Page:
Acknowledge the problem
Express concerns; Make him feel you are genuinely concerned
Formulate a plan of action which is mutually acceptable to rectify the situation
Consider complete incident form
If the patient wishes to complain provide him with the contact information.
When a Patient is Angry about Others
•Pause and be attentive
•Avoid being defensive
•Stay curious about the patient's story
•Acknowledge the difficulty of the interaction
•Find out the specifics of the story--encourage the patient to give the details
•Express empathy for the patient--acknowledge the emotion by name
•Make a statement guessing at the meaning behind the patient's anger and validate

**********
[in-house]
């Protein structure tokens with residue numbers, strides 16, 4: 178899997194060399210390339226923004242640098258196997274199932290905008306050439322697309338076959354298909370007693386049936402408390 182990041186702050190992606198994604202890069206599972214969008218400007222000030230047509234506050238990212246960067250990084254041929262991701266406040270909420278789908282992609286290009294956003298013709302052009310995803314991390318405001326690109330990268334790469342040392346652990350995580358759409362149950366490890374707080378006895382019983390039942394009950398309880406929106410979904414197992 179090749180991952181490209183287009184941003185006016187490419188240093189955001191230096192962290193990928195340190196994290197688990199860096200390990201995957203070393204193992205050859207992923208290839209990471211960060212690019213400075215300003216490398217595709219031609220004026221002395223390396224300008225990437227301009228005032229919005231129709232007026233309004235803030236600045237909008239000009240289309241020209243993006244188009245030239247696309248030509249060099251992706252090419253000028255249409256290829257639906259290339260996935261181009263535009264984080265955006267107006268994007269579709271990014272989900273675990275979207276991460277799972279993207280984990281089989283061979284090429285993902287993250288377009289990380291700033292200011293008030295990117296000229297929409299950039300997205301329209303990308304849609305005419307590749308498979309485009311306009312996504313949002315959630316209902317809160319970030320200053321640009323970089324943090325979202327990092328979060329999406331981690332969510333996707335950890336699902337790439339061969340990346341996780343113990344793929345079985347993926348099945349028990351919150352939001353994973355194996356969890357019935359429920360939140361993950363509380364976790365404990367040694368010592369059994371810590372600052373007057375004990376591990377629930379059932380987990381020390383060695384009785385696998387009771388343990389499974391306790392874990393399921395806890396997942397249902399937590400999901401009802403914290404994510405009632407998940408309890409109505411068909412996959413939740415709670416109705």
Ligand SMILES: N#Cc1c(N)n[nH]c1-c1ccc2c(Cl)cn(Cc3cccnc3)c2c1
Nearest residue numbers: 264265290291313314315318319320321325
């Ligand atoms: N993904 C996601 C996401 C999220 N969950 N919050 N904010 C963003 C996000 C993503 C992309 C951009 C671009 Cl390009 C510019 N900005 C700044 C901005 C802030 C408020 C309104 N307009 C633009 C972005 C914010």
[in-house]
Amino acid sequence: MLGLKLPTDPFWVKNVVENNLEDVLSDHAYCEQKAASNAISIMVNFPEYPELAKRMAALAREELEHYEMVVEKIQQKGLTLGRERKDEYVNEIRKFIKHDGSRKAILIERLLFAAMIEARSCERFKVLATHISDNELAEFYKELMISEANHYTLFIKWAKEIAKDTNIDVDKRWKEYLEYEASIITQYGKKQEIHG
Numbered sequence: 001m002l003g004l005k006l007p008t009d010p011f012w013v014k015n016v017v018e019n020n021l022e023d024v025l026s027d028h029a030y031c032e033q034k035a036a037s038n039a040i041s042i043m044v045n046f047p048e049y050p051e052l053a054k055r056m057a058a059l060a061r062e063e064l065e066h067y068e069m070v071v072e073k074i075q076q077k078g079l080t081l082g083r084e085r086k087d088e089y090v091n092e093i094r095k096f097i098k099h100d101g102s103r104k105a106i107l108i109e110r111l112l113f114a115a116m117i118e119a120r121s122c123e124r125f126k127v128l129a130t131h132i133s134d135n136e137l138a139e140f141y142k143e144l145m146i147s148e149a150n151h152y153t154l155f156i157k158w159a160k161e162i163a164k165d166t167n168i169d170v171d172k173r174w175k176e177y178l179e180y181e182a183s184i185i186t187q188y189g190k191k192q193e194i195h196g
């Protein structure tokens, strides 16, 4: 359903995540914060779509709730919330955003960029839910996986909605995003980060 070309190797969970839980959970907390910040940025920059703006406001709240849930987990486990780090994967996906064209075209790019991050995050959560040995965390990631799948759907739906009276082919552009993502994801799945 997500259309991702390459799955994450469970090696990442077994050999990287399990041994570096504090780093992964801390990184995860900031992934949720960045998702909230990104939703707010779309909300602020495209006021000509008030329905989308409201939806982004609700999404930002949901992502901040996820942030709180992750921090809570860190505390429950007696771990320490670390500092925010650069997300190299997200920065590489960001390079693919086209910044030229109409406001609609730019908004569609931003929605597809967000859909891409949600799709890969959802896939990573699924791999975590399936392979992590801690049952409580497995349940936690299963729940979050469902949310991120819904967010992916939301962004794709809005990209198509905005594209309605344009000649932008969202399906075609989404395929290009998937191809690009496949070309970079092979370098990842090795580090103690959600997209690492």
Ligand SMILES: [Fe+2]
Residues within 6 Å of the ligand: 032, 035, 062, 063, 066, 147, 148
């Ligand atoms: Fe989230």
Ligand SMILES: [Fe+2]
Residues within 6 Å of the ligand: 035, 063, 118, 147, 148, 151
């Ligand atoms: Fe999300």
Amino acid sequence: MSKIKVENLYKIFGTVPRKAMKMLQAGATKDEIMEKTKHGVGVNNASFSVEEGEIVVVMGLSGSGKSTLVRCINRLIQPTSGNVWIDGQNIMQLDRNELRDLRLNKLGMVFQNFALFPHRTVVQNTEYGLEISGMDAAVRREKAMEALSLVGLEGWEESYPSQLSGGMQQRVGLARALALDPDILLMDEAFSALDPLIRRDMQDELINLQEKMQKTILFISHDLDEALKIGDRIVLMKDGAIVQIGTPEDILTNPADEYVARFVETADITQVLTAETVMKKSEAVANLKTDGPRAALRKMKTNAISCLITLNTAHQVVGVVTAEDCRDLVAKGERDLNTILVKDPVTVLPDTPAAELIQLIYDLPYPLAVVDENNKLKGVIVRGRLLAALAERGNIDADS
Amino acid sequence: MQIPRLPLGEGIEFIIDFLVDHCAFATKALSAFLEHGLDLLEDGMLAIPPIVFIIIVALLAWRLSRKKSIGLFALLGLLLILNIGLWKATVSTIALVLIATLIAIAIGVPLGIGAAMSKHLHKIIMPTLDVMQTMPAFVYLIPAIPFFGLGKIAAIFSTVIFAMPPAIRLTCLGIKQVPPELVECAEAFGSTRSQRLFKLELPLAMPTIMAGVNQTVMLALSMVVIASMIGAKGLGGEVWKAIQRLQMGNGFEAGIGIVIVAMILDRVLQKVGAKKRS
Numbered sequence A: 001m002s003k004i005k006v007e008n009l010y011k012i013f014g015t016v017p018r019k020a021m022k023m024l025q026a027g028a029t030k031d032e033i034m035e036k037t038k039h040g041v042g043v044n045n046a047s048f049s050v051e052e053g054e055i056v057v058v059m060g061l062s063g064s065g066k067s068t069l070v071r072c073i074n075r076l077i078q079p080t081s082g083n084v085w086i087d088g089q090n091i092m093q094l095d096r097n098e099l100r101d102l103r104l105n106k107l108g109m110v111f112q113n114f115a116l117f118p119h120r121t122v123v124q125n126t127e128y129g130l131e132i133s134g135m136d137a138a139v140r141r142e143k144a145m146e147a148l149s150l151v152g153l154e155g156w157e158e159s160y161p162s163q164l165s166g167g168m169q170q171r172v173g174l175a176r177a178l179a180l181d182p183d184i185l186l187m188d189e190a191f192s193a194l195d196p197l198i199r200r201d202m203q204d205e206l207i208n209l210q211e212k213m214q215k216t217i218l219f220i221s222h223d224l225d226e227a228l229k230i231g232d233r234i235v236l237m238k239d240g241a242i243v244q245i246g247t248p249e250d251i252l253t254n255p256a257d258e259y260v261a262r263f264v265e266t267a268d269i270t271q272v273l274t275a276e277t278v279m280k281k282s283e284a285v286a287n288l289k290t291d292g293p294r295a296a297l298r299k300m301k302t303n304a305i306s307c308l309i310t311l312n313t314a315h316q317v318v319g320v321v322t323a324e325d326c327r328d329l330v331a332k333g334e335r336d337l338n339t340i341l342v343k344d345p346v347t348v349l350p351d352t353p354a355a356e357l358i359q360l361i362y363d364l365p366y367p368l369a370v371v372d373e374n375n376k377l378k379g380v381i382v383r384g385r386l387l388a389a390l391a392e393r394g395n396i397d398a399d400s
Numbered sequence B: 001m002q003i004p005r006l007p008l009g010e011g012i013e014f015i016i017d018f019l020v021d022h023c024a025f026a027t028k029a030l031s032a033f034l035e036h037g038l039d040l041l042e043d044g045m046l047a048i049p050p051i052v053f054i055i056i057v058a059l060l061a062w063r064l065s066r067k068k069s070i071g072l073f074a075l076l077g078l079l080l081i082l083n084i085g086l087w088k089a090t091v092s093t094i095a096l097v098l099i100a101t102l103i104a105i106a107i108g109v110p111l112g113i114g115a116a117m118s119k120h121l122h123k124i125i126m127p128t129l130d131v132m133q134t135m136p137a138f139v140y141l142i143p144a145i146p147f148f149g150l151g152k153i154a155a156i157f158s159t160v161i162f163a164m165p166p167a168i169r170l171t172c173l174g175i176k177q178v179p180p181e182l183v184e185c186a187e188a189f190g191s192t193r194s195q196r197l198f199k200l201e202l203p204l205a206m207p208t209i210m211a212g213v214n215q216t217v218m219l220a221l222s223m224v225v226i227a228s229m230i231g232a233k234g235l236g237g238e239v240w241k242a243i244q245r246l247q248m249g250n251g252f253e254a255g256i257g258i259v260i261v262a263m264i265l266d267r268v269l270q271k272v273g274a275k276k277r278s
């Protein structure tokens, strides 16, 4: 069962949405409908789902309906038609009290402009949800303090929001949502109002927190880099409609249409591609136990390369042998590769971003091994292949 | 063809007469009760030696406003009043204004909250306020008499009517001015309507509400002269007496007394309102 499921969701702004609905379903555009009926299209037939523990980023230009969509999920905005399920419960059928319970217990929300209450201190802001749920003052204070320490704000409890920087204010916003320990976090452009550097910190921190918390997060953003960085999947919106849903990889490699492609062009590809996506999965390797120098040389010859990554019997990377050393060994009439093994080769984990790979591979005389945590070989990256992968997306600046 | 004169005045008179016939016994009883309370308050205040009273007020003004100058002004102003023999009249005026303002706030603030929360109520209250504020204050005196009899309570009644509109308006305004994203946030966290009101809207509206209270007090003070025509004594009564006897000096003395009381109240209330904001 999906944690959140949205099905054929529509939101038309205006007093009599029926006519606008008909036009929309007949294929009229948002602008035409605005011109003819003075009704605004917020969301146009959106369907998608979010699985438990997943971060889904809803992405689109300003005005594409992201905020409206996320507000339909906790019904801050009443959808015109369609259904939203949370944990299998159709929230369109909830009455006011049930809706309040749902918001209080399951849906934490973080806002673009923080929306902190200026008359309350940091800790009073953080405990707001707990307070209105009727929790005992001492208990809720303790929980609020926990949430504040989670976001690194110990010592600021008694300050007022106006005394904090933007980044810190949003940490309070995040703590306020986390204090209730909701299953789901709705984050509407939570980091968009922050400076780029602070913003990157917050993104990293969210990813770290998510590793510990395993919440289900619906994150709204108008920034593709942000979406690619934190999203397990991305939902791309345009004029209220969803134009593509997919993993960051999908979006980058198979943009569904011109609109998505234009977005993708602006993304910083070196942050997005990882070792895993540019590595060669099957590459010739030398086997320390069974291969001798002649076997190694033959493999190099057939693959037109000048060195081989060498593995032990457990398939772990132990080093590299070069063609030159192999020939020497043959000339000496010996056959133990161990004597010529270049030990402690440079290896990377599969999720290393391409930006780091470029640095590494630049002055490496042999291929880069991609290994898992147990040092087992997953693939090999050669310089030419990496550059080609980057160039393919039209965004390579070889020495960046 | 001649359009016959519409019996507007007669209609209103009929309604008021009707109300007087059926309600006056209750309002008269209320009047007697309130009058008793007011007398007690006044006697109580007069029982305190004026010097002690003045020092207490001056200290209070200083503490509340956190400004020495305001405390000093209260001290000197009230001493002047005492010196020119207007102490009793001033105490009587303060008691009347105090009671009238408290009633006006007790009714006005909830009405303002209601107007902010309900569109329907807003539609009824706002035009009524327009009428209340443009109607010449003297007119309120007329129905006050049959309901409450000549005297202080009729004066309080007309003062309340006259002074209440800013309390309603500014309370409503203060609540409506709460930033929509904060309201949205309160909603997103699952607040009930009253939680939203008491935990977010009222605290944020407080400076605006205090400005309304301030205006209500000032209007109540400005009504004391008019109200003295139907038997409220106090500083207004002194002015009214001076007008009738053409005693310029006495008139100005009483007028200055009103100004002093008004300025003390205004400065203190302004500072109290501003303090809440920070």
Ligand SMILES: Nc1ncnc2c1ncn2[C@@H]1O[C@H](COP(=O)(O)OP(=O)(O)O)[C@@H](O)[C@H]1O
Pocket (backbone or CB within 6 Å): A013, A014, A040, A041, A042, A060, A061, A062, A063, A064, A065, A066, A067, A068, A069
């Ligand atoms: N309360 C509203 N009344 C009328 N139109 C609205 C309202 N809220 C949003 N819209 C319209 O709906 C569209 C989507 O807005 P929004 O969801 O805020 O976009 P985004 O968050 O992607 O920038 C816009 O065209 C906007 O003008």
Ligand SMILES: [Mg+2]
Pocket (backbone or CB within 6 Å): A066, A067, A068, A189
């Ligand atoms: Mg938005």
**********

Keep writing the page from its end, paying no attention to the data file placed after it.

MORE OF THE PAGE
•Take an action on the patient's behalf if possible. Be an advocate
•When possible, link the patient with the resources that can help
•Transition to purpose for the visit
Questions that might help to uncover the source of anger (fear, guilt or
"I can appreciate how you feel."
"It concerns me that you feel so strongly about this."
"Tell me how I can make it easier for you."
"You seem very angry?"
"It's unlike you to be like this."
"I get the feeling that you are upset with…"
"What is it that's upsetting you?"
"What really makes you feel this way?"
"I find it puzzling that you are angry with me."
"So you feel that….."
"You seem to be telling me…."
"If I understand you correctly…"
"Tell me more about this."
"I would like you to enlarge on this point…it seems important."
"Do you have any special concerns about your health?"
"Tell me about things at home."
"How are things at work?"
"How are you sleeping?"
"Do you have any special dreams?"
"Do you relate to any one who has a problem like you have?"